As a younger man, Jake Lawless would tell friends that if they had a car accident with him as a passenger, they had better kill him because he couldn’t bear to live his life in a wheelchair.
Then at 24, he fell off a roof and landed on his head. The injury left him a high functioning quadriplegic.
“My injury was my worst nightmare come true,” says Lawless, 38.
Lawless knew physical activity was the key to his recovery. He credits an intensive rehabilitation routine with helping him deal with his disability and learn to walk again, a skill he lost again after another accident destroyed his knee.
Now a peer support worker, Lawless teaches adults with spinal injuries of the value of staying fit. He notes the biggest challenge for many is finding out what to do.
That barrier has been knocked down by a new fitness guide developed by McMaster University researchers. It lists activities for people with spinal injuries, how much they should do each week, provides a weekly action plan and strategies to overcome obstacles.
“This helps people with spinal cord injuries get going,” says Kathleen Martin Ginis, a kinesiology professor.
Less than half of the estimated 86,000 Canadians with a spinal cord injury are physically active. While fitness is important for everyone, Martin Ginis notes that it is critical for people with disabilities who are at risk of further complications.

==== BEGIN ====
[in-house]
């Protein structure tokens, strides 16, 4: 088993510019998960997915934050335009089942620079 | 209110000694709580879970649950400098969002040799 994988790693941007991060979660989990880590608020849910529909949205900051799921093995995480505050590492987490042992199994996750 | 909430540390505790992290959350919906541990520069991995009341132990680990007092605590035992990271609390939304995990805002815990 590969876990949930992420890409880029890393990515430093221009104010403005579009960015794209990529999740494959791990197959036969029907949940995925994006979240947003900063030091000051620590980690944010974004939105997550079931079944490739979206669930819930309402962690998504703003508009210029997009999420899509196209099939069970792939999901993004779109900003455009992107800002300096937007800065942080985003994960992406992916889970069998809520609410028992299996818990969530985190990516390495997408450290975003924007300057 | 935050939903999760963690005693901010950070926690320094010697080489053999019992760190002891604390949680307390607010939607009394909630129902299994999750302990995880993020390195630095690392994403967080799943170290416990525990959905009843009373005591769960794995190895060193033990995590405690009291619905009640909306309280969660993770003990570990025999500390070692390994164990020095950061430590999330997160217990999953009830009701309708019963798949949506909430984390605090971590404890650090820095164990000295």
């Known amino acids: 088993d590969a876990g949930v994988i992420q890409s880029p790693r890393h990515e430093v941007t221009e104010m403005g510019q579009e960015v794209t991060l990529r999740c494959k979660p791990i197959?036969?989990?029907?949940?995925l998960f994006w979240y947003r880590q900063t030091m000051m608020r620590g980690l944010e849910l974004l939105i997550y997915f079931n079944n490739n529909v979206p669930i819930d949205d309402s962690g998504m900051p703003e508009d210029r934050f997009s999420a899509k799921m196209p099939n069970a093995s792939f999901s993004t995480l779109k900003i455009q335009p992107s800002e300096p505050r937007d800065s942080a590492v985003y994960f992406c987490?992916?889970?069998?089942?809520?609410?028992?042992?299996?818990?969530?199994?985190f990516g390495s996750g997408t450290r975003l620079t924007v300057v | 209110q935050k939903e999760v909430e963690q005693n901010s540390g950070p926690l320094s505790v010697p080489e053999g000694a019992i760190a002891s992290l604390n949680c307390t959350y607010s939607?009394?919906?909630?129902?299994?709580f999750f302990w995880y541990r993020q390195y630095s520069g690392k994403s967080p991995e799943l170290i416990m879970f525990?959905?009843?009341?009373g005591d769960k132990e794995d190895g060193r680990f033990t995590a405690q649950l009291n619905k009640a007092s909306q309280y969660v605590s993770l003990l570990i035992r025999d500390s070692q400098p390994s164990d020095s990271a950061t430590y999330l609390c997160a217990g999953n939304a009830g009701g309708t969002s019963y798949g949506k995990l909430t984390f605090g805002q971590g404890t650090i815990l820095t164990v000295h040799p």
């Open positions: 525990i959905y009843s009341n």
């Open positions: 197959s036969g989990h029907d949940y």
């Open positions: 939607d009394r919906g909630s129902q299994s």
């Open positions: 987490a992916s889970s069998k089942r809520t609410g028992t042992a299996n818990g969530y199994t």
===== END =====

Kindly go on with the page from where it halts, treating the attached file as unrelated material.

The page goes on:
The leading cause of death for people with spinal injuries is chronic disease but little information is available on fitness.
“People with disabilities in general are forgotten when it comes to physical activity,” she says.
Lawless, who now lives in Ayr and is touring with the Rick Hansen relay, believes it provides vital information.
“The hardest part is starting,” he says, noting that the mental benefits are just as important as the physical.
“It’s critical for their quality of life,” agrees Bill Adair, executive director of the Canadian Paraplegic Association Ontario.
One of his staff members with a spinal injury started has lost 13 pounds in five months following the Mac program and has never felt better. “It has made a huge difference.”
The tool kit is available online and will be distributed nationally. For more information, visit: www.sciactioncanada.ca
Try these activities
- Wheel for fun and endurance
- Cycle using hand cycle or stationary bike
- Build strength with a resistance band
- Lift weights, even cans and water bottles will do
- Rake the lawn or shovel snow
- Use a movement therapy machine
- Swim with assistance
- Use an arm ergometer
- Do standing frame exercises
- Use cable pulleys
- Practise yoga, Pilates or Tai Chi
By Nicole MacIntyre